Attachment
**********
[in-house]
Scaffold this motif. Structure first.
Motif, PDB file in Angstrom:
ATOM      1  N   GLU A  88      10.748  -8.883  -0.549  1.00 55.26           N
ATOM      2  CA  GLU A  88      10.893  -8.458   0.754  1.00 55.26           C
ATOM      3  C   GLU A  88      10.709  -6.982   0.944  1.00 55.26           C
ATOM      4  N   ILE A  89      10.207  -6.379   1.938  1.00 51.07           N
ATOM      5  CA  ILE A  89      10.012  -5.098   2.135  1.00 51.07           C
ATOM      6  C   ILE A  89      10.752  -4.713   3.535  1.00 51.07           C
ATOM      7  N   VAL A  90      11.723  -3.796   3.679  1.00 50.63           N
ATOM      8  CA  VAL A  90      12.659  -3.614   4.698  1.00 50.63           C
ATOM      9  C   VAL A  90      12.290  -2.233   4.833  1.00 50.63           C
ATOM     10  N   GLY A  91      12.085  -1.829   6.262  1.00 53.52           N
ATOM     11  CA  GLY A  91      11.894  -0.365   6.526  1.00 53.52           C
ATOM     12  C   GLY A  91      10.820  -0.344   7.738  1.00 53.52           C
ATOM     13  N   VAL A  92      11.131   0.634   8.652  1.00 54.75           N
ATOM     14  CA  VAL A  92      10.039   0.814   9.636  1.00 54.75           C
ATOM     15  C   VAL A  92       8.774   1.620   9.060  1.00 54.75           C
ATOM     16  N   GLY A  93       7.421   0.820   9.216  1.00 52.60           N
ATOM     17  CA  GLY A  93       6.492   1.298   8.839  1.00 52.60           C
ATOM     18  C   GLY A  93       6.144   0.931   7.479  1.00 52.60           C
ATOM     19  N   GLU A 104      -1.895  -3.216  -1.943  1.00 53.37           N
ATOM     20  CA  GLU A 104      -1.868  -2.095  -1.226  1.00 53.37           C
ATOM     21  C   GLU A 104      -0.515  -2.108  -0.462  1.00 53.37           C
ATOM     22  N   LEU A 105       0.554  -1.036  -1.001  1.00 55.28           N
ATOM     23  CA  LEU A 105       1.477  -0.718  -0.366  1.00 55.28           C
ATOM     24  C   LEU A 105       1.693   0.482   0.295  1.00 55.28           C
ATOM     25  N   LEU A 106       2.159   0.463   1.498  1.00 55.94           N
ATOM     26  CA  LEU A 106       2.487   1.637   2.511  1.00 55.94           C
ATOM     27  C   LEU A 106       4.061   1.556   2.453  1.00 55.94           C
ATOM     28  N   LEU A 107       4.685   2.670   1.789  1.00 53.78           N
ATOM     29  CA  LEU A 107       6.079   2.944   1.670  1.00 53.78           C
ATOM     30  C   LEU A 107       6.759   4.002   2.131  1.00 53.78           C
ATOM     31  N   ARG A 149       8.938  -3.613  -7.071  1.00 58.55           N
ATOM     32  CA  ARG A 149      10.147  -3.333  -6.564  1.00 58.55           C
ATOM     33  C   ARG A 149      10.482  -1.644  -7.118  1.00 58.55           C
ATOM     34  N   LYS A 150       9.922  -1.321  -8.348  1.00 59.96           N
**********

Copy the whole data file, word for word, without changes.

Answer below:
[in-house]
Scaffold this motif. Structure first.
Motif, PDB file in Angstrom:
ATOM      1  N   GLU A  88      10.748  -8.883  -0.549  1.00 55.26           N
ATOM      2  CA  GLU A  88      10.893  -8.458   0.754  1.00 55.26           C
ATOM      3  C   GLU A  88      10.709  -6.982   0.944  1.00 55.26           C
ATOM      4  N   ILE A  89      10.207  -6.379   1.938  1.00 51.07           N
ATOM      5  CA  ILE A  89      10.012  -5.098   2.135  1.00 51.07           C
ATOM      6  C   ILE A  89      10.752  -4.713   3.535  1.00 51.07           C
ATOM      7  N   VAL A  90      11.723  -3.796   3.679  1.00 50.63           N
ATOM      8  CA  VAL A  90      12.659  -3.614   4.698  1.00 50.63           C
ATOM      9  C   VAL A  90      12.290  -2.233   4.833  1.00 50.63           C
ATOM     10  N   GLY A  91      12.085  -1.829   6.262  1.00 53.52           N
ATOM     11  CA  GLY A  91      11.894  -0.365   6.526  1.00 53.52           C
ATOM     12  C   GLY A  91      10.820  -0.344   7.738  1.00 53.52           C
ATOM     13  N   VAL A  92      11.131   0.634   8.652  1.00 54.75           N
ATOM     14  CA  VAL A  92      10.039   0.814   9.636  1.00 54.75           C
ATOM     15  C   VAL A  92       8.774   1.620   9.060  1.00 54.75           C
ATOM     16  N   GLY A  93       7.421   0.820   9.216  1.00 52.60           N
ATOM     17  CA  GLY A  93       6.492   1.298   8.839  1.00 52.60           C
ATOM     18  C   GLY A  93       6.144   0.931   7.479  1.00 52.60           C
ATOM     19  N   GLU A 104      -1.895  -3.216  -1.943  1.00 53.37           N
ATOM     20  CA  GLU A 104      -1.868  -2.095  -1.226  1.00 53.37           C
ATOM     21  C   GLU A 104      -0.515  -2.108  -0.462  1.00 53.37           C
ATOM     22  N   LEU A 105       0.554  -1.036  -1.001  1.00 55.28           N
ATOM     23  CA  LEU A 105       1.477  -0.718  -0.366  1.00 55.28           C
ATOM     24  C   LEU A 105       1.693   0.482   0.295  1.00 55.28           C
ATOM     25  N   LEU A 106       2.159   0.463   1.498  1.00 55.94           N
ATOM     26  CA  LEU A 106       2.487   1.637   2.511  1.00 55.94           C
ATOM     27  C   LEU A 106       4.061   1.556   2.453  1.00 55.94           C
ATOM     28  N   LEU A 107       4.685   2.670   1.789  1.00 53.78           N
ATOM     29  CA  LEU A 107       6.079   2.944   1.670  1.00 53.78           C
ATOM     30  C   LEU A 107       6.759   4.002   2.131  1.00 53.78           C
ATOM     31  N   ARG A 149       8.938  -3.613  -7.071  1.00 58.55           N
ATOM     32  CA  ARG A 149      10.147  -3.333  -6.564  1.00 58.55           C
ATOM     33  C   ARG A 149      10.482  -1.644  -7.118  1.00 58.55           C
ATOM     34  N   LYS A 150       9.922  -1.321  -8.348  1.00 59.96           N